A great recipe we love for Iftar is the Coconut Soup with Sweet Potato. You can find it easily here on Cookidoo and with the Thermomix® help, it doesn’t take more than 30 mins to do it. Here are my adjustment to this recipe to make it even more nutritious and still delicious, comforting:

  • Add 15g fresh turmeric
  • Replace vegetable oil by coconut oil or olive oil
  • Replace the brown sugar by 1 tbsp maple syrup, dissolved in a small glass of water (to be added at the end of step 5)
  • Add the lime juice at the end of step 5 to keep more vitamin C
  • Increase baby spinach to 200g and more coriander leaves (they are so good for detoxification)·  To make this soup a meal for 6 with enough protein, I would either add 250g shrimps peeled and deveined or replace the sweet potato with 600g cooked white beans as a plant based source of protein – you will need to add more broth or water to reach the soup thickness you like.

4. Limit Obesogenic and Inflammatory Foods

In all our programs at MyAuthentikSpoon, and it’s especially crucial during Ramadan, we advise being mindful of your food choices. The feeling of hunger after a day of fasting might tempt you towards unhealthy options. So please, avoid foods that can negatively impact your health, such as highly processed foods, non-cold pressed vegetable oils, and items high in additives or pesticides. These types of foods can be obesogenic (promoting weight gain) and inflammatory (which would lead to many health issues and promote weight gain as well).

Instead, prioritise whole, unprocessed foods as much as possible, and consider organic fruits and vegetables to minimise exposure to harmful chemicals.

Cookidoo is full of tasty and healthy recipes you can make at home in minutes using authentic whole foods. Consider the following recipe examples you can have during Ramadan and carry on all year long.

1. Tuna Nicoise Salad (gut health)

2. Middle Eastern Salmon with Tahini Sauce (where I replace couscous by quinoa or buckwheat and I increase Parsley to reduce inflammation and support detoxification)

3. Acaí Nice Cream (where I replace agave by maple syrup in order to reduce the amount of free-fructose to support liver function and I also replace coconut oil by almond butter if I need to increase protein intake of the meal)

With a bit of organisation and help (thank you Thermomix®!), making conscious choices becomes easier and will support your health during Ramadan and contribute to a more beneficial fasting experience, aligning with the spirit of this holy month.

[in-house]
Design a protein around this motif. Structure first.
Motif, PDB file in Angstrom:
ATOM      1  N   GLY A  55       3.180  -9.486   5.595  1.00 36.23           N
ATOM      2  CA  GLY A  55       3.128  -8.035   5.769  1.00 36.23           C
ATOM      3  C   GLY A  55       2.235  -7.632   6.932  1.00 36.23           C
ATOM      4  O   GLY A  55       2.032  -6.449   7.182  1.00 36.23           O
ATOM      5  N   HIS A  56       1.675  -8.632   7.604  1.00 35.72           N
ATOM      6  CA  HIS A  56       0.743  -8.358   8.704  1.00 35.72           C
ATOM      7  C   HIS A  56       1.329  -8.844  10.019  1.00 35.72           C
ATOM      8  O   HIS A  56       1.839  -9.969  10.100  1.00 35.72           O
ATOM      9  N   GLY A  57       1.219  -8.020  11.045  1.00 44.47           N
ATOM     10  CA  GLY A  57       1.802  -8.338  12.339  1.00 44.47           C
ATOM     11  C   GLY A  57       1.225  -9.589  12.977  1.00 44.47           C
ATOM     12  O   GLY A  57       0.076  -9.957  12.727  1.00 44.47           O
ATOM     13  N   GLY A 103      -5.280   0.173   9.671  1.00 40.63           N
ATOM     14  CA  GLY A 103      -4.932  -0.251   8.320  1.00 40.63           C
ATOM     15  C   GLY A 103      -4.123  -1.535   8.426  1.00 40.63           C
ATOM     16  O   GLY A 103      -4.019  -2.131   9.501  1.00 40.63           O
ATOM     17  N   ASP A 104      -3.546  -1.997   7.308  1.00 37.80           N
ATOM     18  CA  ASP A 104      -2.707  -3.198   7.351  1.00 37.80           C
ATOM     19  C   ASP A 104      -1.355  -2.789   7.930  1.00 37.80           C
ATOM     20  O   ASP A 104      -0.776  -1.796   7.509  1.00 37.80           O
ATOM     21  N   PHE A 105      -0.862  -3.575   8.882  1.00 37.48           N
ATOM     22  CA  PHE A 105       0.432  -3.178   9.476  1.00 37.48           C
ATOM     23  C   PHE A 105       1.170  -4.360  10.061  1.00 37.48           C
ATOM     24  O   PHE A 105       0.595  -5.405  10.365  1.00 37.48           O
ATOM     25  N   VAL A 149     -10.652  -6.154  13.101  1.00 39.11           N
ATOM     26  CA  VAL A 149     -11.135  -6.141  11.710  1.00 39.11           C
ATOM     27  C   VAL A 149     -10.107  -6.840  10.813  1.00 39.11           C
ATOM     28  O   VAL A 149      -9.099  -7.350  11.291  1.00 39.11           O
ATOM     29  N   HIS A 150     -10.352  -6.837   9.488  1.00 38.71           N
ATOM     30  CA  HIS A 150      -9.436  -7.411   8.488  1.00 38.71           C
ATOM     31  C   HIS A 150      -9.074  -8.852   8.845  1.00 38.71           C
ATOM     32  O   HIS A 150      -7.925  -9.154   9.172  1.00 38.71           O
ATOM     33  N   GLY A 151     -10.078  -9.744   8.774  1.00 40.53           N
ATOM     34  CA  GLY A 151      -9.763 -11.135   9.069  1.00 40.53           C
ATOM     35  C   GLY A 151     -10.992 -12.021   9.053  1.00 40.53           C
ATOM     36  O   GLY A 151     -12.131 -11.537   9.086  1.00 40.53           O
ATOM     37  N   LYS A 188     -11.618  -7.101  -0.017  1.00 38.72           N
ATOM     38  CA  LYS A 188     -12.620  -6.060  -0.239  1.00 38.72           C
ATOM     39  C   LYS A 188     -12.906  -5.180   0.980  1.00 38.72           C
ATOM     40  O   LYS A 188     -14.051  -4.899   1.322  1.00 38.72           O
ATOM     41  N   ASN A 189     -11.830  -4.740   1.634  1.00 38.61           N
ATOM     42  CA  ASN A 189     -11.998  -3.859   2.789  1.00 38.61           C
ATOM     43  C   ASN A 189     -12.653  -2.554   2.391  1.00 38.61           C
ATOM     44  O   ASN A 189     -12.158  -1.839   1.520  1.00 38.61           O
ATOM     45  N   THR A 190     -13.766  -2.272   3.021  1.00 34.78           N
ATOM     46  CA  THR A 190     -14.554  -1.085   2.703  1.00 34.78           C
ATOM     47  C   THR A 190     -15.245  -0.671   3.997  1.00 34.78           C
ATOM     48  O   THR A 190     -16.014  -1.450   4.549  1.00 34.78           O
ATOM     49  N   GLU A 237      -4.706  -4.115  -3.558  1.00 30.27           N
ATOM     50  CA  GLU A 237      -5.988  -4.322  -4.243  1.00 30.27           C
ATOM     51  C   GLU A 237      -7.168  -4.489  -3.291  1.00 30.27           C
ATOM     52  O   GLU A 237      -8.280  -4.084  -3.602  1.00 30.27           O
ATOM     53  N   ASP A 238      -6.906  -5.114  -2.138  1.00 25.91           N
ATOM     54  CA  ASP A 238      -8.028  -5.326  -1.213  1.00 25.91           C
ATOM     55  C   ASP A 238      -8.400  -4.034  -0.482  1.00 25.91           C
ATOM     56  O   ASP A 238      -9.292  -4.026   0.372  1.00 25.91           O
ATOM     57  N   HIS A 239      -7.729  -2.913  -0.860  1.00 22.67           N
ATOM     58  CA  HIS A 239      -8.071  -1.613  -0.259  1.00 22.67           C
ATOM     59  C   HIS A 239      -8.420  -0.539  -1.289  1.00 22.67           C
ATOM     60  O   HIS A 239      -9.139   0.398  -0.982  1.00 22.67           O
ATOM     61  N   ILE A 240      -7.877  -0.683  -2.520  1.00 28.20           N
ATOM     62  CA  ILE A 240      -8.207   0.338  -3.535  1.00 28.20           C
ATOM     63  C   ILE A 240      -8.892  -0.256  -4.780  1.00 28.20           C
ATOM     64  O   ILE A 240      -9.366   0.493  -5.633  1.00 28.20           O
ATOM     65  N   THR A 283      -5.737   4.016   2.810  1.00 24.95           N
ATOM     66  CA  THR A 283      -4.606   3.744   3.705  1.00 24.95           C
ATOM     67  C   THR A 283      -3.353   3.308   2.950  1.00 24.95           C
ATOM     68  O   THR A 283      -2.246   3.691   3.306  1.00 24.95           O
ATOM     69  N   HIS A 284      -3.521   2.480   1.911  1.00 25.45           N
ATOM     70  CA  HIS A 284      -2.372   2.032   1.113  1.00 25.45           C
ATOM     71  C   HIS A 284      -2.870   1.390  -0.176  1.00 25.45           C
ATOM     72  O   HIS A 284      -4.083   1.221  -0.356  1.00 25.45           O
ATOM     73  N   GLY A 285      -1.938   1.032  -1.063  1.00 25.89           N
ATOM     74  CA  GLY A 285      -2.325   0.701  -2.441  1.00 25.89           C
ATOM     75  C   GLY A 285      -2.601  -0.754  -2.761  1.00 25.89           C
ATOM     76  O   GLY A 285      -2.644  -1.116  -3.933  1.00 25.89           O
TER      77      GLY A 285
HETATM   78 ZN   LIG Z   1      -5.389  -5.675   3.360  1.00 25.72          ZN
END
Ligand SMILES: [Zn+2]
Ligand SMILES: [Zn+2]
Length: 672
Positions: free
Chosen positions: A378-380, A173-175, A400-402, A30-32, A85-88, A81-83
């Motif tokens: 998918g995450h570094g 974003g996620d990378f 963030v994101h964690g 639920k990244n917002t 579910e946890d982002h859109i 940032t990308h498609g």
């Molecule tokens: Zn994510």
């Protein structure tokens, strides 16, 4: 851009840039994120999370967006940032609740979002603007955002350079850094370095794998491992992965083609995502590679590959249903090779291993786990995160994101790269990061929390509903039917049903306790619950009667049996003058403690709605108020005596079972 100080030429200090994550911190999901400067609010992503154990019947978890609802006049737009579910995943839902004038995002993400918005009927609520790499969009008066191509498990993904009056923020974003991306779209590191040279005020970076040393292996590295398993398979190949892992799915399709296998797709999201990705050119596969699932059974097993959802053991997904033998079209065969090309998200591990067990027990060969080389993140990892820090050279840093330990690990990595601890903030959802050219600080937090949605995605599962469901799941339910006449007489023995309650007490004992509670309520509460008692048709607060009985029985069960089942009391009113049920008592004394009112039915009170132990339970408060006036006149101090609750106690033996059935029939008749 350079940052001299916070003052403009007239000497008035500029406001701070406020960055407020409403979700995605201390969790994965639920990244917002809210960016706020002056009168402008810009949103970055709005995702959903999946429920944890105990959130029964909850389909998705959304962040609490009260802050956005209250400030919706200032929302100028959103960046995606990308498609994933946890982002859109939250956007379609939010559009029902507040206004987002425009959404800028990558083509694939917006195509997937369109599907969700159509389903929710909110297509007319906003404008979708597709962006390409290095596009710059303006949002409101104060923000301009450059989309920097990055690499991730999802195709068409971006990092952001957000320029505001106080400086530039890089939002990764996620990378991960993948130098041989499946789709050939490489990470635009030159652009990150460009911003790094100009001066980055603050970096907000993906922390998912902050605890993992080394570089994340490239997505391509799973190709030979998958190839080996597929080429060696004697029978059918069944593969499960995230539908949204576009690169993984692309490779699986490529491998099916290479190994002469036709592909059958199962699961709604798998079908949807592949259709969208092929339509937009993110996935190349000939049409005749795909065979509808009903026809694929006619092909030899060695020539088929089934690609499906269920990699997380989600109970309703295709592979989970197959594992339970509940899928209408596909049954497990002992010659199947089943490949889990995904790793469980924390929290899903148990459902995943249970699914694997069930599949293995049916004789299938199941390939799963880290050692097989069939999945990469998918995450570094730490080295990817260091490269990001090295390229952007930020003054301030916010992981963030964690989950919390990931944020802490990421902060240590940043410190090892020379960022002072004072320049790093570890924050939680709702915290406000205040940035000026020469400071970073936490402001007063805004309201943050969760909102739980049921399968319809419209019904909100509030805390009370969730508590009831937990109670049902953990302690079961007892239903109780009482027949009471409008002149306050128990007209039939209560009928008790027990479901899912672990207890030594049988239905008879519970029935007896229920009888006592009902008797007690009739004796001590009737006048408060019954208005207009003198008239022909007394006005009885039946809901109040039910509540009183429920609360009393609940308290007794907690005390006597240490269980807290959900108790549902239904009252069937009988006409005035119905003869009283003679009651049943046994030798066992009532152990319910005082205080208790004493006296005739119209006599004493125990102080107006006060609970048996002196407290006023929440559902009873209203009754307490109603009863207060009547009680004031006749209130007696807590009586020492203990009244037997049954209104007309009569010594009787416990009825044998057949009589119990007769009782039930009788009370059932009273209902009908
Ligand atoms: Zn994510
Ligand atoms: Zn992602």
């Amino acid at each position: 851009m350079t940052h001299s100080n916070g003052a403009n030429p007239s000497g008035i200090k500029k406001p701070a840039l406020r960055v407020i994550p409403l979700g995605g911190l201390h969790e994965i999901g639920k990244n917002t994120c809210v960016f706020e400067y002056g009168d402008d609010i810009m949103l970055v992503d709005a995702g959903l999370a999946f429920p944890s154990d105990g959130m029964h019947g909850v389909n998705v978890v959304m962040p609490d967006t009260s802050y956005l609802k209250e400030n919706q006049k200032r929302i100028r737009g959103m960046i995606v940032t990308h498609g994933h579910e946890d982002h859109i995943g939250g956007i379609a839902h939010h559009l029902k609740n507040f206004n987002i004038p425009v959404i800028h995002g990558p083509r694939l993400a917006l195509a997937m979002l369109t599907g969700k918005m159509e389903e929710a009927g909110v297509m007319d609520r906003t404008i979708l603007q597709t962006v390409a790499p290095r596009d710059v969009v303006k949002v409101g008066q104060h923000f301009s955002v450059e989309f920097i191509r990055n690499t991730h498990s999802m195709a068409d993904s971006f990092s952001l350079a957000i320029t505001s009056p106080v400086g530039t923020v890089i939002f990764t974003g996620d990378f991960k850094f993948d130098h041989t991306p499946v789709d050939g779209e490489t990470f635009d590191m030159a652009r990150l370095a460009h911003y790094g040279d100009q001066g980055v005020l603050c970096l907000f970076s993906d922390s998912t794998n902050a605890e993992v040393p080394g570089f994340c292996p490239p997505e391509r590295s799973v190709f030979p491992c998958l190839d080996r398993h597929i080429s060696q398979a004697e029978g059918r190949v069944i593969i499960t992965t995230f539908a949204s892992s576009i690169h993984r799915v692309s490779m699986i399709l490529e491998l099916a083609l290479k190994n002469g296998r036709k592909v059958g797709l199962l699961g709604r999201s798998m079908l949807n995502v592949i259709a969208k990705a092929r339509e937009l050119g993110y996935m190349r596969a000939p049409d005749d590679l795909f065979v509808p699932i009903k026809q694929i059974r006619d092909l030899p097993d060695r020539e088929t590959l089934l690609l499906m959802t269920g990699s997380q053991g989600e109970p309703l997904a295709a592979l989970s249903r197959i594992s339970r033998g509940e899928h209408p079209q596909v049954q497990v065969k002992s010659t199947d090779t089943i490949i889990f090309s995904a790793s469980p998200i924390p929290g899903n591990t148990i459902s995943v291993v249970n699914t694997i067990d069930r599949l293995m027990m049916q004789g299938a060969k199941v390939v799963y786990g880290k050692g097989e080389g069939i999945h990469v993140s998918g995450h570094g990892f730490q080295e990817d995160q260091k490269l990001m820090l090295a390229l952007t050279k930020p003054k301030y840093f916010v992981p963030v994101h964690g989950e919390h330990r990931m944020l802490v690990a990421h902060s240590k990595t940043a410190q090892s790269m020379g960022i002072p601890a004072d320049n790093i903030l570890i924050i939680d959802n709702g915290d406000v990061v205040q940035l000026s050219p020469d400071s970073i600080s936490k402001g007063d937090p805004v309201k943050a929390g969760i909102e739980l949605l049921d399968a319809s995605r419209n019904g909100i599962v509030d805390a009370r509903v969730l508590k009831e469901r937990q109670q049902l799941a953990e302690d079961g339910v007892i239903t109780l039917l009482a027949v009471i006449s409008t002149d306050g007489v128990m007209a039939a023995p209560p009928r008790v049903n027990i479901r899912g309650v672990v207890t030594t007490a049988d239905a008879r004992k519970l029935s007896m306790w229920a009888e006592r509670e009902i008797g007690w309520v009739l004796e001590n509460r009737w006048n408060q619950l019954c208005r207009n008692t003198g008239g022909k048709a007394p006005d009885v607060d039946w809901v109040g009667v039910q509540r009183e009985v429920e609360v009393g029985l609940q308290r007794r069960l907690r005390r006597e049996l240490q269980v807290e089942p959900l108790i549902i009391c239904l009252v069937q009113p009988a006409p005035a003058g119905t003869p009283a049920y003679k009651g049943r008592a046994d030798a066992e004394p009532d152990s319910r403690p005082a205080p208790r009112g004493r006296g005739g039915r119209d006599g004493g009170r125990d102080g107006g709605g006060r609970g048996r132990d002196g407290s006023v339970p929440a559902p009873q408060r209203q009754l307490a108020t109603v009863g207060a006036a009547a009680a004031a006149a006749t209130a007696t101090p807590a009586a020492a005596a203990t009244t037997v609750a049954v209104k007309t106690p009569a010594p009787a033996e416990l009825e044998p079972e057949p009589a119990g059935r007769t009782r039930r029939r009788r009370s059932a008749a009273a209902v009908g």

5. Stay Active

Keeping up with regular physical movement during Ramadan is key to staying fit and full of energy. To align with your energy fluctuations throughout the day, pick the optimal time for your workouts, either before Iftar or a couple of hours post-Iftar. If you’re exercising during fasting hours, consider gentler activities such as walking or yoga, which are less taxing on your body.

Moreover, integrate movement into your daily routine for an active Ramadan. Take a walk while on phone calls or engage in cooking your meals instead of opting for takeout. These small but significant actions add up, playing a crucial role in your overall health and well-being during the holy month. Embracing these practices can make your Ramadan not only spiritually fulfilling but physically revitalising as well.

6. Mindful Social Eating

Ramadan and Eid bring cherished moments of social gatherings and shared feasts, rekindling connections with friends and family. While enjoying these moments, be mindful of your food choices. Embrace healthier meal options, and even when dining out or visiting others, try to stick to the PFF (Protein, Fat, and Fibres) principle. It might seem challenging at first, especially when not eating at home, but with persistence, it will become second nature.

Be conscious of portion sizes to prevent overeating. Enjoying a variety of dishes is part of the celebration, but how much you consume is as important as the choices you make. By being mindful of these aspects, you can fully enjoy the festive season without compromising your health and well-being.

Additionally, don’t overlook the importance of good sleep during Ramadan. Aiming for 6-8 hours of quality sleep each night is essential. Adequate rest is not only vital for your body’s recovery but also for maintaining energy levels, mood, and overall health during the fasting period. Adjusting your schedule to ensure you get enough sleep can help you stay vibrant and fully engaged in the spiritual and social aspects of Ramadan.

7. Continuous Improvement Beyond Ramadan

Use the month of Ramadan as a stepping stone to adopt long-term healthy habits. Focus on the principles of PFF, hydration, and avoiding harmful foods not just during Ramadan but as part of your lifestyle. This will help you maintain your health gains throughout the year.

Incorporating these nutritional and lifestyle tips into your Ramadan and Eid celebrations can lead to a healthier, more fulfilling fasting experience. By embracing these key principles, you’re not just observing a tradition; you’re also taking a step towards a healthier, more mindful way of living.

About the Author

Asmaa Lahlou is the co-founder of MyAuthentikSpoon, a naturopathic programme dedicated to empowering individuals to make smarter food choices for improved well-being, with the added convenience of Thermomix®. If you’re ready to tackle wellness with a fresh perspective, schedule a complimentary private consultation with Asmaa to receive personalised dietary insights and weight management strategies. This is your opportunity to have your questions answered and to learn how to incorporate the right weight management strategies into your lifestyle effectively.